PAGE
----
Regulations may affect cybersecurity firms

cybersecurity

Security in all kinds of digital transactions is a crucial point. Each advance has its own challenges, and achieving an adequate defense against cyber attacks is a priority. Due to the pseudo-anonymous nature of bitcoin, which makes it difficult to link transactions with the individuals who perform them, bitcoin has become the new method of ransom payment in ransomware attacks, giving it a certain obscure reputation. This development has led cybersecurity companies to buy and store bitcoin in case their customers decide to pay the ransom. However, regulations are making it increasingly difficult for cyber security specialists to provide this service.

The leader supplier of bitcoin wallets Coinbase had closed the bitcoin account of cyber security specialist and founder of Night Lion Security, Vinny Troia. Coinbase contacted Troia late last year to find out what the purpose behind its growing bitcoin possessions was. When Troia informed Coinbase that it was going to buy and store bitcoin on behalf of customers who might potentially want to use it to pay for ransomware ransoms, its account was suspended and it could no longer create a new account under its name or the members of his family.

The issue of holding funds that can be used to pay off criminals could lead regulated companies such as Coinbase to have serious problems with financial regulators as well as with the law, as this can be considered a violation of fight against money laundering. Given the increasing scrutiny of regulators over bitcoin businesses, it should come as no surprise that exchangers and service platforms such as Coinbase do not welcome their platform being used to facilitate rescue payments, despite the well-intentioned purpose of these payments .

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On the other hand, making it harder for cybersecurity companies to buy and store bitcoin could easily lead to more large-scale disruptions through ransomware attacks like the global WannaCry ransomware attack that took place in May. In some cases, it is easier for companies to simply pay for the rescue to regain access to their systems than to try to decrypt their own files. However, if companies do not have easy access to bitcoin to pay for the bailout, disruptions in major institutions could take much longer than necessary. For that reason, many companies have begun hoarding bitcoin to mitigate the ramifications of a ransomware attack by simply paying for the ransom. And this obviously results in a double-edged sword, since it would ensure criminals a secure access to their claims for ransom, which would increase criminality.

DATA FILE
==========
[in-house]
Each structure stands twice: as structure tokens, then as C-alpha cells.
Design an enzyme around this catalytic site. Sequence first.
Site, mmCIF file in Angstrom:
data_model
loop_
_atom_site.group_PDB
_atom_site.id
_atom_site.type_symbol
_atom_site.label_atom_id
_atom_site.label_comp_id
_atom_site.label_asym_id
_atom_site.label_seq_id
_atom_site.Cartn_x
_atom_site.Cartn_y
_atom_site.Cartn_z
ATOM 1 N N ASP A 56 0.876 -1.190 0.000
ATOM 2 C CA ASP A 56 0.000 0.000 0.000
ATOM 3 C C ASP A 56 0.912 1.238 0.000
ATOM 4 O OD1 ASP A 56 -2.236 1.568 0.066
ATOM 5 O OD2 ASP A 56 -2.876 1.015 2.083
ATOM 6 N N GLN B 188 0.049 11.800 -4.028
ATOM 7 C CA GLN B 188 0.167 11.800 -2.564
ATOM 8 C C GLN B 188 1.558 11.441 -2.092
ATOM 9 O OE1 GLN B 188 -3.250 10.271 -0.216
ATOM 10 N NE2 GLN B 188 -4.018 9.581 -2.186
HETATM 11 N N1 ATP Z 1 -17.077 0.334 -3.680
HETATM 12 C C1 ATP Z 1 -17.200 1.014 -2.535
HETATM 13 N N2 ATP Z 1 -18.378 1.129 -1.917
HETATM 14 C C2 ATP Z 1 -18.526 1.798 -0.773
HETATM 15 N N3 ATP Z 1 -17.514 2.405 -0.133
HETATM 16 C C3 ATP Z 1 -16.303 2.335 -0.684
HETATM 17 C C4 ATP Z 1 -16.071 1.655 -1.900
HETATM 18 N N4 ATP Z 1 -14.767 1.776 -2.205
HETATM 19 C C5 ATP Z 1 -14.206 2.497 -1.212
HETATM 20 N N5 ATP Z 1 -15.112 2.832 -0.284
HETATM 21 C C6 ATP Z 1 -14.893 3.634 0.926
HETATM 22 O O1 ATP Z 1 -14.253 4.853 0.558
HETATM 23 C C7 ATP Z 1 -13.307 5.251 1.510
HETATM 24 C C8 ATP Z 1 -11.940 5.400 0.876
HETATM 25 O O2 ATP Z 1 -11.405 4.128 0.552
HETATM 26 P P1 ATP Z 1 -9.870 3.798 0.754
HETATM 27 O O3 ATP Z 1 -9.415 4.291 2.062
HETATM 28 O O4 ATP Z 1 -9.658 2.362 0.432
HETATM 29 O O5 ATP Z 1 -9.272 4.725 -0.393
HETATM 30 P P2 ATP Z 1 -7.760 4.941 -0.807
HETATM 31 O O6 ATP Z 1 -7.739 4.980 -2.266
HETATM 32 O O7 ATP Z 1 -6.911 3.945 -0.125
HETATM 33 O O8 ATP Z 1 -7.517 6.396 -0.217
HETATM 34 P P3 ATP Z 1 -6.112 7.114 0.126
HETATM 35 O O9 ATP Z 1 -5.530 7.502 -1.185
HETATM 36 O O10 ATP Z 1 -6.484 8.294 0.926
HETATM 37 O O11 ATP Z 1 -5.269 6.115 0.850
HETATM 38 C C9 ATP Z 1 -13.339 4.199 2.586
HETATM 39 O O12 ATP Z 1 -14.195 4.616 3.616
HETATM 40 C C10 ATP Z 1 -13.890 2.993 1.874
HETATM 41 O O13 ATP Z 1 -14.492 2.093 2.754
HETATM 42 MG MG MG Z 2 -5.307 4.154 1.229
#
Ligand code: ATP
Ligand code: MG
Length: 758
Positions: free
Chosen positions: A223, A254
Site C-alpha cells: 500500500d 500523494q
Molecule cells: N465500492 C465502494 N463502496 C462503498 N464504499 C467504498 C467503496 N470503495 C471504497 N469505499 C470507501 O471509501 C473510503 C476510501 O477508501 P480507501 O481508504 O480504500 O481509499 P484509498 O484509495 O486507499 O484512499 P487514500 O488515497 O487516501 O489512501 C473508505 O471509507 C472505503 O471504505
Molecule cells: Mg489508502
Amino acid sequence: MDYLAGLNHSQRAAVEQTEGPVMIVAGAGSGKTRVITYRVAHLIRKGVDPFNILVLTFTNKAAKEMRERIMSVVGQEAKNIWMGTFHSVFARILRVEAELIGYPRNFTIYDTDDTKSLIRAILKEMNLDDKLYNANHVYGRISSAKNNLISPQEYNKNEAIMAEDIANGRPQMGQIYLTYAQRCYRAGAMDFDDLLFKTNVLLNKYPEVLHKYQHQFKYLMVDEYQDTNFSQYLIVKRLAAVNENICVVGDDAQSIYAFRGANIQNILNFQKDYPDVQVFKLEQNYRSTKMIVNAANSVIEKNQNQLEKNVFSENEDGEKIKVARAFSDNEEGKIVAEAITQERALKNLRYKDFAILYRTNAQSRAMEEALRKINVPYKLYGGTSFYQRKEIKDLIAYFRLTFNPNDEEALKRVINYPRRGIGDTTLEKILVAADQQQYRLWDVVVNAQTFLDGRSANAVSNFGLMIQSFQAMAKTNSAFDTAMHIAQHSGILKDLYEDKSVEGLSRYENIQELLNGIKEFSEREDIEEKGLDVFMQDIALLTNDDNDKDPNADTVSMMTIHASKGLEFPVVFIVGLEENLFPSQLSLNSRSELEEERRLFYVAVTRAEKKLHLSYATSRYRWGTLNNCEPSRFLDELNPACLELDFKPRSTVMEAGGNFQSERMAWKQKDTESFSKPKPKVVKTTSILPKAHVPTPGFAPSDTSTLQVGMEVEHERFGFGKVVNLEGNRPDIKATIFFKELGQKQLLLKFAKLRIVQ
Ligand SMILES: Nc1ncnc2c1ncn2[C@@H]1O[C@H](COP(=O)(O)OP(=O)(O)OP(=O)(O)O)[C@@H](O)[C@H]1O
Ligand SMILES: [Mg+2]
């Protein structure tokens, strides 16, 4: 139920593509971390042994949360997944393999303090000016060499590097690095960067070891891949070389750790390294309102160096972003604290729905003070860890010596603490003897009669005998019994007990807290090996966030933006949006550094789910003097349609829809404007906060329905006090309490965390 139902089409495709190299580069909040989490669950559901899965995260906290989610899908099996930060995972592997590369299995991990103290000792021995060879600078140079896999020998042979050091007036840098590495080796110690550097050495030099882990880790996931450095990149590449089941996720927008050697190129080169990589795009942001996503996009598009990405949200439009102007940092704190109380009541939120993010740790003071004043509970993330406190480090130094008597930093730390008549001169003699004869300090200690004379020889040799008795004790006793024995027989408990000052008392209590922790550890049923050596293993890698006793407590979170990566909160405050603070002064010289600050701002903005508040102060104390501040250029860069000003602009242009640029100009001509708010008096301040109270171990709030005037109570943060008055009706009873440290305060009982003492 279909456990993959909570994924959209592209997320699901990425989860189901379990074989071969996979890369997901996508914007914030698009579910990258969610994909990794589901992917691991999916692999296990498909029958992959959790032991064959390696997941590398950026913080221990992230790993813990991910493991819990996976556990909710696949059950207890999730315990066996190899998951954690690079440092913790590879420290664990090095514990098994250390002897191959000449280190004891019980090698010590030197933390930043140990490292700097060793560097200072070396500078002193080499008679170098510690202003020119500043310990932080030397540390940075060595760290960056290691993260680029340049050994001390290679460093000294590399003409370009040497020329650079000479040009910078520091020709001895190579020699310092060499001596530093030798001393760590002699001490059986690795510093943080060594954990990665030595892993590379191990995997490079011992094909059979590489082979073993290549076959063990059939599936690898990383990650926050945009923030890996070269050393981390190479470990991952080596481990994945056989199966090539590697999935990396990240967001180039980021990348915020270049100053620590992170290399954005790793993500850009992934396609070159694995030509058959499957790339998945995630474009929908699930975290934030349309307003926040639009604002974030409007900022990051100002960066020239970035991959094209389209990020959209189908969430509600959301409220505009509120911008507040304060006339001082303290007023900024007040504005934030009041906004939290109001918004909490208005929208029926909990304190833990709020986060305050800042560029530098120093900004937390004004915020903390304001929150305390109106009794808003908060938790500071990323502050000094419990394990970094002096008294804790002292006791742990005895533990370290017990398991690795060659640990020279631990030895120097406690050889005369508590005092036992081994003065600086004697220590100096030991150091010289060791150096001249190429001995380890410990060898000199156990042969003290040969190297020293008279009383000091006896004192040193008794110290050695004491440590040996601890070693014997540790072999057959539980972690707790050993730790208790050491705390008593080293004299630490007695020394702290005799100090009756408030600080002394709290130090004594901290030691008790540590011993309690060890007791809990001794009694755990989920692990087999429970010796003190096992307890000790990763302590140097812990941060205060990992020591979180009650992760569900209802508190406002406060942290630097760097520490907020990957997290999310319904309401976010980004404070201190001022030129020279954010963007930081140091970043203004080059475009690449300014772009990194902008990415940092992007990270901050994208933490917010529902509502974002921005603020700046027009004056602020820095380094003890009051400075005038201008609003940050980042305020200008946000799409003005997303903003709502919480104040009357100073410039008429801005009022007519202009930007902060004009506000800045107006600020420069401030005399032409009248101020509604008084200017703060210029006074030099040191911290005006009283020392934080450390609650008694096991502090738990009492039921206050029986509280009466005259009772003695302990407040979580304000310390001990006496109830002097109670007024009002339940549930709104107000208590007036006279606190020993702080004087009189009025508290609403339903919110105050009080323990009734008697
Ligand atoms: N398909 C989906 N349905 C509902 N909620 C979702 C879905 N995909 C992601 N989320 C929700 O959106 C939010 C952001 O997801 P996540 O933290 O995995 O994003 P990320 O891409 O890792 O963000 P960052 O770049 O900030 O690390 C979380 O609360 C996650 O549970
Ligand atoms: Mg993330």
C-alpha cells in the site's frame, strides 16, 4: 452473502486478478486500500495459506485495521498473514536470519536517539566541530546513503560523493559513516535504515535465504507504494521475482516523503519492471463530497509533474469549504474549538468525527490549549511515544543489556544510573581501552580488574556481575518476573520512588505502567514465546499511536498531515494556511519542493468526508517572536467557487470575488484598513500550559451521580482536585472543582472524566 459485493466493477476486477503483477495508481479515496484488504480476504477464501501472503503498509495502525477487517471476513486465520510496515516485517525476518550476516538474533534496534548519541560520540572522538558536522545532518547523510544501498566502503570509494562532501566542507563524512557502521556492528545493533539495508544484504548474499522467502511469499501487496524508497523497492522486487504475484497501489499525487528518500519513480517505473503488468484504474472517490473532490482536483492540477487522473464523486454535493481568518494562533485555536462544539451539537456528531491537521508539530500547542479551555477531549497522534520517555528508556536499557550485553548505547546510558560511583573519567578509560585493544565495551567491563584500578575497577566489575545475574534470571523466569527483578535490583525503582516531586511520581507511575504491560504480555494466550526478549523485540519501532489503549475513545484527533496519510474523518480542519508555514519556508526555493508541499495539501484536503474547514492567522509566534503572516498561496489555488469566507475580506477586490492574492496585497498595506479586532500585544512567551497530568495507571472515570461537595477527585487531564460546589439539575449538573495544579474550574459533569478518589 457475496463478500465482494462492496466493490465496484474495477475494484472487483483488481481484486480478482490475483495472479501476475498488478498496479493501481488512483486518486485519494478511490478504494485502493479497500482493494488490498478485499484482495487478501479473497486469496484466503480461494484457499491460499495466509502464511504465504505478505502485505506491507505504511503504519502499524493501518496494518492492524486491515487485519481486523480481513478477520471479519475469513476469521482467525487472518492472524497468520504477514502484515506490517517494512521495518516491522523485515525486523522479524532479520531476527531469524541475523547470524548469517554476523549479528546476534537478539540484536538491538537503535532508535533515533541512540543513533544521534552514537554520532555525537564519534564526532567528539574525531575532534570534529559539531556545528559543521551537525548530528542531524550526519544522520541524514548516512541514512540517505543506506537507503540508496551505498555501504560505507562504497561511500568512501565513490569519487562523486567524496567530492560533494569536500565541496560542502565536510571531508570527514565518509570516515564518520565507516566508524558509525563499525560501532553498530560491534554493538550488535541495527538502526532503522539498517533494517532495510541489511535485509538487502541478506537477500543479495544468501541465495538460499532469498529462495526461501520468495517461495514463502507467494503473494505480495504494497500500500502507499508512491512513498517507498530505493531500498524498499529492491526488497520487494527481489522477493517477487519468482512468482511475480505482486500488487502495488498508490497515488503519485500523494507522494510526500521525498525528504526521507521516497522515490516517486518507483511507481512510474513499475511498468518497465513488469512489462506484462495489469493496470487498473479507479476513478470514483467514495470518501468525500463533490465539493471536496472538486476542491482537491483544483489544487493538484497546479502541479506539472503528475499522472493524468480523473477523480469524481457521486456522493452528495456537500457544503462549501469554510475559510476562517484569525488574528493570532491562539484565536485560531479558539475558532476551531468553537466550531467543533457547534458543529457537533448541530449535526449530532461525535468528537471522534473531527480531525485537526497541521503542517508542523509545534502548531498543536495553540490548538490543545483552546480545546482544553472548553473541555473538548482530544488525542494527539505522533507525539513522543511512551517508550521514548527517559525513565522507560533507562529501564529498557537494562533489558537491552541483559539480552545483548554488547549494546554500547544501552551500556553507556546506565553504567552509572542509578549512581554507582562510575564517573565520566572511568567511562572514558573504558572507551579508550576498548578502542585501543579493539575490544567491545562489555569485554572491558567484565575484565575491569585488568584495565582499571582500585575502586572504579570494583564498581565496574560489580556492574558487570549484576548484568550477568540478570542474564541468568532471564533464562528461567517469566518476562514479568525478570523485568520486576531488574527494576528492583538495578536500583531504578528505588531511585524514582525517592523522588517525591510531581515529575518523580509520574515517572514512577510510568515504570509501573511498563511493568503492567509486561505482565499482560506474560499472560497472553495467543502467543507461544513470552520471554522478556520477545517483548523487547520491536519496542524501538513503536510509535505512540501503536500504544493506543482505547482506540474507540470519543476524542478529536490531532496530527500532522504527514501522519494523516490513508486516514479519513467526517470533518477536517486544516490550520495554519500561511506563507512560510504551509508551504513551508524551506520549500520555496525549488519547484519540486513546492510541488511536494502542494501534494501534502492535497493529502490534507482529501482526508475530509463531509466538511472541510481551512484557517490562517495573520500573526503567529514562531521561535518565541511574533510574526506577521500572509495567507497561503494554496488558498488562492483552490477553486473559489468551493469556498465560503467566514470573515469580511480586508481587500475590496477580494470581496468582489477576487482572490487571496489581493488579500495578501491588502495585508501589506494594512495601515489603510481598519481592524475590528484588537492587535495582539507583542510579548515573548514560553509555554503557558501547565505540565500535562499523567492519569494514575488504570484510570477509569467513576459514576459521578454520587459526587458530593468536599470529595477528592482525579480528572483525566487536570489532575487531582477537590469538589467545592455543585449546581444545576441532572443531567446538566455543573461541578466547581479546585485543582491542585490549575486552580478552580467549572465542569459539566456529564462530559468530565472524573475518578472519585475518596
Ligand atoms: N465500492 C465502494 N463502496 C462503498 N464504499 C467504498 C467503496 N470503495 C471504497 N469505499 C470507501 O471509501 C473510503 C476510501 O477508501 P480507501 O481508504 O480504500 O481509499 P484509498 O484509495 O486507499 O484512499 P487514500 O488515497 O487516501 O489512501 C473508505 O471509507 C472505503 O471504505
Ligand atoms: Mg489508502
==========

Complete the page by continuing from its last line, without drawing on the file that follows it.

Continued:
As learning the history of Coinbase and Vinny Troia highlight the need for greater dialogue between bitcoin startups and regulators as well as the extreme need for cybersecurity laws that specify how rescue payments should be handled so that financial regulations do not hamper the work of cybersecurity companies that are trying to keep their customers’ businesses safe from cyber attacks.

Not everything is rosy in the blockchain world, however it is unquestionable that a balance must be found that allows regulations on cybersecurity not to cause undesirable effects.

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